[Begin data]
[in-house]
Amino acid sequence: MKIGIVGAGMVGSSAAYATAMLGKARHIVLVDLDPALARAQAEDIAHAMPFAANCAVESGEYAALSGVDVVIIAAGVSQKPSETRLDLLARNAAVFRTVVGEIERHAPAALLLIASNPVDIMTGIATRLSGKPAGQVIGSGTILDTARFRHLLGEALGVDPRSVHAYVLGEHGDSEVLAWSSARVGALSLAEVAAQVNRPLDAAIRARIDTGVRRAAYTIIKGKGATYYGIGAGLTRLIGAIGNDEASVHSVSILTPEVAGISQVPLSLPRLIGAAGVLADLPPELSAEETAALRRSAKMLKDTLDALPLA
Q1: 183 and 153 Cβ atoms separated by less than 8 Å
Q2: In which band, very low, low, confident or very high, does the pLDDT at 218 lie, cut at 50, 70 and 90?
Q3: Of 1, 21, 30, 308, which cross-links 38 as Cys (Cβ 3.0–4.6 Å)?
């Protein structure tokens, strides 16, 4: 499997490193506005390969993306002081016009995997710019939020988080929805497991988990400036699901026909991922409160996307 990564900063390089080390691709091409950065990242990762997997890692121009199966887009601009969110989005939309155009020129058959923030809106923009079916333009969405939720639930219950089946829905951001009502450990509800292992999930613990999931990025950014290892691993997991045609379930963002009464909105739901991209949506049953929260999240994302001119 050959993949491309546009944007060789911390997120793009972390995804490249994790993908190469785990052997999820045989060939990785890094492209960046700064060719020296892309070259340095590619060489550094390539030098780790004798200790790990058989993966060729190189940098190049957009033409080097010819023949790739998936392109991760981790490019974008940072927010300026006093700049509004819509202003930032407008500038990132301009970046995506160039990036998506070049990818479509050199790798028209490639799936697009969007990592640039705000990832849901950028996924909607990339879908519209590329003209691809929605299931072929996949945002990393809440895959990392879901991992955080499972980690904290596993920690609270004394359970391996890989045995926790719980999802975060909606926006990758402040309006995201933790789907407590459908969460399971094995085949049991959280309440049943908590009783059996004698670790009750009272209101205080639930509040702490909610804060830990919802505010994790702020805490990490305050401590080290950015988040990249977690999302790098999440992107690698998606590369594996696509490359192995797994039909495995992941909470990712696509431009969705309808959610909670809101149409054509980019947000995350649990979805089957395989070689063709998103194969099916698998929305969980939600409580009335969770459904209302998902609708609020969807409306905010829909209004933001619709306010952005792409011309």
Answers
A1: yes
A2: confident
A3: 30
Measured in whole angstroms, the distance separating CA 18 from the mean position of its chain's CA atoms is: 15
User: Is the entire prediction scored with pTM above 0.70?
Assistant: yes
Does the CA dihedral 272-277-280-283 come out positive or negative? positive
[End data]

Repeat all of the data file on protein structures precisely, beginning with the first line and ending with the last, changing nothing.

[in-house]
Amino acid sequence: MKIGIVGAGMVGSSAAYATAMLGKARHIVLVDLDPALARAQAEDIAHAMPFAANCAVESGEYAALSGVDVVIIAAGVSQKPSETRLDLLARNAAVFRTVVGEIERHAPAALLLIASNPVDIMTGIATRLSGKPAGQVIGSGTILDTARFRHLLGEALGVDPRSVHAYVLGEHGDSEVLAWSSARVGALSLAEVAAQVNRPLDAAIRARIDTGVRRAAYTIIKGKGATYYGIGAGLTRLIGAIGNDEASVHSVSILTPEVAGISQVPLSLPRLIGAAGVLADLPPELSAEETAALRRSAKMLKDTLDALPLA
Q1: 183 and 153 Cβ atoms separated by less than 8 Å
Q2: In which band, very low, low, confident or very high, does the pLDDT at 218 lie, cut at 50, 70 and 90?
Q3: Of 1, 21, 30, 308, which cross-links 38 as Cys (Cβ 3.0–4.6 Å)?
């Protein structure tokens, strides 16, 4: 499997490193506005390969993306002081016009995997710019939020988080929805497991988990400036699901026909991922409160996307 990564900063390089080390691709091409950065990242990762997997890692121009199966887009601009969110989005939309155009020129058959923030809106923009079916333009969405939720639930219950089946829905951001009502450990509800292992999930613990999931990025950014290892691993997991045609379930963002009464909105739901991209949506049953929260999240994302001119 050959993949491309546009944007060789911390997120793009972390995804490249994790993908190469785990052997999820045989060939990785890094492209960046700064060719020296892309070259340095590619060489550094390539030098780790004798200790790990058989993966060729190189940098190049957009033409080097010819023949790739998936392109991760981790490019974008940072927010300026006093700049509004819509202003930032407008500038990132301009970046995506160039990036998506070049990818479509050199790798028209490639799936697009969007990592640039705000990832849901950028996924909607990339879908519209590329003209691809929605299931072929996949945002990393809440895959990392879901991992955080499972980690904290596993920690609270004394359970391996890989045995926790719980999802975060909606926006990758402040309006995201933790789907407590459908969460399971094995085949049991959280309440049943908590009783059996004698670790009750009272209101205080639930509040702490909610804060830990919802505010994790702020805490990490305050401590080290950015988040990249977690999302790098999440992107690698998606590369594996696509490359192995797994039909495995992941909470990712696509431009969705309808959610909670809101149409054509980019947000995350649990979805089957395989070689063709998103194969099916698998929305969980939600409580009335969770459904209302998902609708609020969807409306905010829909209004933001619709306010952005792409011309």
Answers
A1: yes
A2: confident
A3: 30
Measured in whole angstroms, the distance separating CA 18 from the mean position of its chain's CA atoms is: 15
User: Is the entire prediction scored with pTM above 0.70?
Assistant: yes
Does the CA dihedral 272-277-280-283 come out positive or negative? positive